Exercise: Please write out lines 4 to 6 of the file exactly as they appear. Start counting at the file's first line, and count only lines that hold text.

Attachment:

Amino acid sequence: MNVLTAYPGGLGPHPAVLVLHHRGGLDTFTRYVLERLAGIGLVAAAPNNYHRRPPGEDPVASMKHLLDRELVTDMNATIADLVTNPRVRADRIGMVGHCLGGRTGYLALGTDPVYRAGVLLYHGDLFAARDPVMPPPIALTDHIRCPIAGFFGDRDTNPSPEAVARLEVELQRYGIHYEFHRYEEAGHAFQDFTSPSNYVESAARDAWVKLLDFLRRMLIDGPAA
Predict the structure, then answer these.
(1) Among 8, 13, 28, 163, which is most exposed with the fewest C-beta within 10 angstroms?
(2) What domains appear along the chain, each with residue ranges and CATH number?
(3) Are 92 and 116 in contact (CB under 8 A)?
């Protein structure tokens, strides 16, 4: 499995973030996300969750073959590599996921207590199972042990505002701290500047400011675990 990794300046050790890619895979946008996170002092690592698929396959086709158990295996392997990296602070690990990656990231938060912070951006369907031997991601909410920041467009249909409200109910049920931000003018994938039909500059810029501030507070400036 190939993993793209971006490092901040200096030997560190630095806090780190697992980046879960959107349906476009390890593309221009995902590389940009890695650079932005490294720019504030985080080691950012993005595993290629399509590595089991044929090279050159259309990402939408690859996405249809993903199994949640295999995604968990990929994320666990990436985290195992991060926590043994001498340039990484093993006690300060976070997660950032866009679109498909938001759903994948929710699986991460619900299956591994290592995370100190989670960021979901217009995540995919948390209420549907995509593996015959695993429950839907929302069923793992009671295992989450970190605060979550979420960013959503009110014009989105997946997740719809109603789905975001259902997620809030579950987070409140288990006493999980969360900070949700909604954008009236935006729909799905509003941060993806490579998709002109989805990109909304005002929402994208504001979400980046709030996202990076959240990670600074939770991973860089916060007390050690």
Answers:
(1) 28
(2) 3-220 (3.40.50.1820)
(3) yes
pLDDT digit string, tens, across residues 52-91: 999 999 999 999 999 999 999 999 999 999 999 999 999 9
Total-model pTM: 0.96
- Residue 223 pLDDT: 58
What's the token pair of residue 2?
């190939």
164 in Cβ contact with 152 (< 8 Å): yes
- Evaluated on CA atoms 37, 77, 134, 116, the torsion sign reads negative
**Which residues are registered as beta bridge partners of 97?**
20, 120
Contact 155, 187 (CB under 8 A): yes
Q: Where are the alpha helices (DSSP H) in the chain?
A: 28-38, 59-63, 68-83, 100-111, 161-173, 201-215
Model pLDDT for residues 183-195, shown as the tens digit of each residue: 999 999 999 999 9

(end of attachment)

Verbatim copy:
(2) What domains appear along the chain, each with residue ranges and CATH number?
(3) Are 92 and 116 in contact (CB under 8 A)?
């Protein structure tokens, strides 16, 4: 499995973030996300969750073959590599996921207590199972042990505002701290500047400011675990 990794300046050790890619895979946008996170002092690592698929396959086709158990295996392997990296602070690990990656990231938060912070951006369907031997991601909410920041467009249909409200109910049920931000003018994938039909500059810029501030507070400036 190939993993793209971006490092901040200096030997560190630095806090780190697992980046879960959107349906476009390890593309221009995902590389940009890695650079932005490294720019504030985080080691950012993005595993290629399509590595089991044929090279050159259309990402939408690859996405249809993903199994949640295999995604968990990929994320666990990436985290195992991060926590043994001498340039990484093993006690300060976070997660950032866009679109498909938001759903994948929710699986991460619900299956591994290592995370100190989670960021979901217009995540995919948390209420549907995509593996015959695993429950839907929302069923793992009671295992989450970190605060979550979420960013959503009110014009989105997946997740719809109603789905975001259902997620809030579950987070409140288990006493999980969360900070949700909604954008009236935006729909799905509003941060993806490579998709002109989805990109909304005002929402994208504001979400980046709030996202990076959240990670600074939770991973860089916060007390050690």